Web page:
A Controversial Continuation in The Quay Co-Op…
N and P are no strangers to controversy. In fact, some may say they live for it; however, that is most certainly a more monumental(ly mind-numbing) discussion best saved for someplace else on this fair interweb. It is with this in mind that we come to Fika Forever’s second review, that of Cork’s Quay Co-op.*
As students, N and P find themselves perpetually hungry. This type of hunger isn’t your hunger of the academic variety; we’re talking feed-me-until-I-find-breathing-difficult hungry. It perhaps, then, comes as no surprise that N and P’s second outing as the ‘dynamic duo’ (ahem) behind Fika Forever actually occurred on the same day as their first. And so, in a giant up yours to Mother’s Nature’s earlier unfriendliness, N and P headed for Cork’s Quay Co-op.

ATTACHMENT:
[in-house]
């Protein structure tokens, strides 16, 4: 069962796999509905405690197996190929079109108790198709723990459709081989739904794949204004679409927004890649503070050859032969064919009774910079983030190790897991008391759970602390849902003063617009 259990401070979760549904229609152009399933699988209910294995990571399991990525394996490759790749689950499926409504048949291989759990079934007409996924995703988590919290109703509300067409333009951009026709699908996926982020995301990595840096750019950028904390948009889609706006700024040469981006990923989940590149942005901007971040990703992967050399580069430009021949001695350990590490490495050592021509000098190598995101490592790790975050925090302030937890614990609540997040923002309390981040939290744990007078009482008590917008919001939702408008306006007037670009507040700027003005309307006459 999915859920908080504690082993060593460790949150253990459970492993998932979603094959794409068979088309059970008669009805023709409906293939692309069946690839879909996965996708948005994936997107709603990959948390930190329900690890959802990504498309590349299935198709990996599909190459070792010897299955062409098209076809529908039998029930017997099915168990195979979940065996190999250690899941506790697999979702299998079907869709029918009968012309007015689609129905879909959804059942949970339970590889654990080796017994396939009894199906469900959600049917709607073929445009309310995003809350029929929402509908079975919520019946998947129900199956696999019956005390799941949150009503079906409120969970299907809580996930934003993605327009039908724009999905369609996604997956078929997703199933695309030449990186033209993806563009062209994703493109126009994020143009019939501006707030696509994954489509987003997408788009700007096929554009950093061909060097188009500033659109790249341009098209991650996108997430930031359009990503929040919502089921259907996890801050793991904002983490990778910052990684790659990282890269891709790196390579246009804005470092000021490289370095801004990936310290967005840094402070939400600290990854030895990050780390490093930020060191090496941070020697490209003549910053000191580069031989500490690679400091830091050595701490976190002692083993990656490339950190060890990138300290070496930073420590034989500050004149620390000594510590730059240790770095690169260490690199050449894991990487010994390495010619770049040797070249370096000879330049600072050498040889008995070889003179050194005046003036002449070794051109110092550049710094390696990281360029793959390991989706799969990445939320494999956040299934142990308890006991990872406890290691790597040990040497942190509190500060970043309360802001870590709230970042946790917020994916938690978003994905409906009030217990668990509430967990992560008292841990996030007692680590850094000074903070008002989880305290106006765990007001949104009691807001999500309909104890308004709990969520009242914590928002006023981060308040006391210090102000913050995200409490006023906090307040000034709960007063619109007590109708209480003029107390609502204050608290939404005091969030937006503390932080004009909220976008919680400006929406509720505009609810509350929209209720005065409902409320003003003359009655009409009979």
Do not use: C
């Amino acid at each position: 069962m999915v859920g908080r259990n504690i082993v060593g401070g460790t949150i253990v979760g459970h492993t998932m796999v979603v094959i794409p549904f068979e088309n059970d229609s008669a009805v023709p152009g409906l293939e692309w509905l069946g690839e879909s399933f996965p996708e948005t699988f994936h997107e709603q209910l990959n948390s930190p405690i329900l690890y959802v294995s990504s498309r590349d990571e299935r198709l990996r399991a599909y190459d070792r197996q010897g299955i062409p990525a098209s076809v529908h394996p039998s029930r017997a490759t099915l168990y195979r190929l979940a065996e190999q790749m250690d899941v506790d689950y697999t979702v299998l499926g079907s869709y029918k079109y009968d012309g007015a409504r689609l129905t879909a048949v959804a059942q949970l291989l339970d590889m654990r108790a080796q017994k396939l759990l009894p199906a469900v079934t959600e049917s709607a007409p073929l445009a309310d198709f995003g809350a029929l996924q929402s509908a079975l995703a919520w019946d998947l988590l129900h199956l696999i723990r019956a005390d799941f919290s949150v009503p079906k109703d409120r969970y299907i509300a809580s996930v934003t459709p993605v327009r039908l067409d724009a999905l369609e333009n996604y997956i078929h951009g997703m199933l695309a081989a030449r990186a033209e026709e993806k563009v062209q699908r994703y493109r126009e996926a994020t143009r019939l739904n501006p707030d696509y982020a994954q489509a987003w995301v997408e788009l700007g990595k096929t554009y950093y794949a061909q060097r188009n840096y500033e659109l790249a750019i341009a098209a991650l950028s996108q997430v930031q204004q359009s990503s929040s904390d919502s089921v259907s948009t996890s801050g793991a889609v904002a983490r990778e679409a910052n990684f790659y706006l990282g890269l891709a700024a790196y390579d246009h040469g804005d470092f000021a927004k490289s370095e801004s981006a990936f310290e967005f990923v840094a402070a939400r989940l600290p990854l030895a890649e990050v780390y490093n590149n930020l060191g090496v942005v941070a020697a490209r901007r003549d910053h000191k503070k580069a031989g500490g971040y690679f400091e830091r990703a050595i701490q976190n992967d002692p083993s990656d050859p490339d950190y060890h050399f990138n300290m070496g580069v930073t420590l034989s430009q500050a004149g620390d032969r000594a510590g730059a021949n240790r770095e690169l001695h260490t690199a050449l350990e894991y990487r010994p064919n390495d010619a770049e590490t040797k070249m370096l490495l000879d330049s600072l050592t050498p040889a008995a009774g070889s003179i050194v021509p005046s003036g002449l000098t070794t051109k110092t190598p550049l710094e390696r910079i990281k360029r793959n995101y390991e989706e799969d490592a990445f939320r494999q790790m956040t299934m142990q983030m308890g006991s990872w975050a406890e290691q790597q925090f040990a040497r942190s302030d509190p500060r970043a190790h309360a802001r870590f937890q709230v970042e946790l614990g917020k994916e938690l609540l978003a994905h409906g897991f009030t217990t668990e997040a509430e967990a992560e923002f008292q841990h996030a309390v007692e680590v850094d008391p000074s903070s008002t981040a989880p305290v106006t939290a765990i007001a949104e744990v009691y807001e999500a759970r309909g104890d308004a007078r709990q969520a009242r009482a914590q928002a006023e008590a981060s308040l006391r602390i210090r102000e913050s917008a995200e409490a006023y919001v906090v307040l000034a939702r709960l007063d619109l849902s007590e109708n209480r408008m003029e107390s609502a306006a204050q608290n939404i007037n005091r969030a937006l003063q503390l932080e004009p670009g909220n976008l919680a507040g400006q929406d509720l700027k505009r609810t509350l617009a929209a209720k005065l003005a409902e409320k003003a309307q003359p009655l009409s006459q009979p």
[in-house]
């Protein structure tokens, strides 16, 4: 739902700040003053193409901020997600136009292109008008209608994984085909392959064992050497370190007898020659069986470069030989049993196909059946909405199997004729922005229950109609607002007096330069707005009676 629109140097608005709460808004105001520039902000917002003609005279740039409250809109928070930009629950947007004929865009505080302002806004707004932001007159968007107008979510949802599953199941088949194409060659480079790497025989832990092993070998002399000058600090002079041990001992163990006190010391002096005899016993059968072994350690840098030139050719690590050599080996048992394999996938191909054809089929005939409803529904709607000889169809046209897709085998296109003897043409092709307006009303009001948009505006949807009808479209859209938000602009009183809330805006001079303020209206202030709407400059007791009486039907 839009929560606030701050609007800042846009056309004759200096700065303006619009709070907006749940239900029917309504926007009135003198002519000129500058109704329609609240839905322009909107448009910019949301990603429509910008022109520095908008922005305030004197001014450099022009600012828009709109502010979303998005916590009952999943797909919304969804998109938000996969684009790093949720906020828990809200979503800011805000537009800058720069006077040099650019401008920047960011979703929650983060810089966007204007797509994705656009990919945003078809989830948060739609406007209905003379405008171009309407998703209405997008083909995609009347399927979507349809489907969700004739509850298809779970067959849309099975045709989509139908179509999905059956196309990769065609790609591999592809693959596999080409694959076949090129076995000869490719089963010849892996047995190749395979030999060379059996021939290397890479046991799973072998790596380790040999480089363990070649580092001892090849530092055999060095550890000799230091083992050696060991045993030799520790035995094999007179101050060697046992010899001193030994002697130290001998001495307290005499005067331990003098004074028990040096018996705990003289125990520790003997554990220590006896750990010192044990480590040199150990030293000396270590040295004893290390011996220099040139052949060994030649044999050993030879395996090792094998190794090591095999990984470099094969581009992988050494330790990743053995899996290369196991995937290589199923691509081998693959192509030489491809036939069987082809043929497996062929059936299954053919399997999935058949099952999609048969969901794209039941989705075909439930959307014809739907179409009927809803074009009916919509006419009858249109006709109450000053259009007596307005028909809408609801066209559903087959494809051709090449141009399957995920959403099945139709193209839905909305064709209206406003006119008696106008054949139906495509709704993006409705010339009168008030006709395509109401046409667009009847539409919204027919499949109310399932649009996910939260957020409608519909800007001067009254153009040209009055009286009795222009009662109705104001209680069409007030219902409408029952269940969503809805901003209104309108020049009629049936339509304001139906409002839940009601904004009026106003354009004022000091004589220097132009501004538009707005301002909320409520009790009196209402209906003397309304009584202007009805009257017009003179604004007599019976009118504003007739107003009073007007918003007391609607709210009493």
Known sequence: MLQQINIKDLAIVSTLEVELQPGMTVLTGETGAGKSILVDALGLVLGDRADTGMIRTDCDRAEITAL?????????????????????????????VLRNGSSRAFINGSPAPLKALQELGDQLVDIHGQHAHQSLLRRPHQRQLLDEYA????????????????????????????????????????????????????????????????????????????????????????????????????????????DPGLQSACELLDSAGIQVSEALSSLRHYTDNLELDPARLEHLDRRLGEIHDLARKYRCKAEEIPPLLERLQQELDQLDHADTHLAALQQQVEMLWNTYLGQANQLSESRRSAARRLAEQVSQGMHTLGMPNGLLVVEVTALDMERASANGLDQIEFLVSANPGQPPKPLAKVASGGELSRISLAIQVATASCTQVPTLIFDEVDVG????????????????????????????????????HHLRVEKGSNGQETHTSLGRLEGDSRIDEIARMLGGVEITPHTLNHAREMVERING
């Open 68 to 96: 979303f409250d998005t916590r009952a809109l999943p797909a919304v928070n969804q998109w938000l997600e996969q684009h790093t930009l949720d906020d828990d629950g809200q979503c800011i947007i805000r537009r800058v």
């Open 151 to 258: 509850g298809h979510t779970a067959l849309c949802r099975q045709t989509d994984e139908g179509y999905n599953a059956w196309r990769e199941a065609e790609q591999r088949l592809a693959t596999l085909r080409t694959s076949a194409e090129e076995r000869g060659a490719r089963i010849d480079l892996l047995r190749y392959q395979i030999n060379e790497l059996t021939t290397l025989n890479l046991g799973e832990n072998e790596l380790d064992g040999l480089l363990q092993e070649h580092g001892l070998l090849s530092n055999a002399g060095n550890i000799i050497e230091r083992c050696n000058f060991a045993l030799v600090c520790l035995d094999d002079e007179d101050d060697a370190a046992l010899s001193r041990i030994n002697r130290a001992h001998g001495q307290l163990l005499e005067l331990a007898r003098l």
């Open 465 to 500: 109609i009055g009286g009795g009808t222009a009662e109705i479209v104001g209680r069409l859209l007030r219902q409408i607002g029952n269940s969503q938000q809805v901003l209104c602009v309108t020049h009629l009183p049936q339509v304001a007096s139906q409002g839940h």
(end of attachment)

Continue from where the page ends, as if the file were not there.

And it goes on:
The Quay Co-op, for the unenlightened amongst us, is situated at a distance from Cork city centre (aka Penneys of Patrick’s Street) just great enough to relegate it to the realm of cafés that popular opinion considers to be ‘out of the way’. In short, if your standard getup consists of a variation on the Ugg boots, Premiership soccer jersey and fake tan look (and that’s just the men), then N and P suggest sticking to somewhere failternative (defn. trying, but failing, to be alternative) like the Farmgate.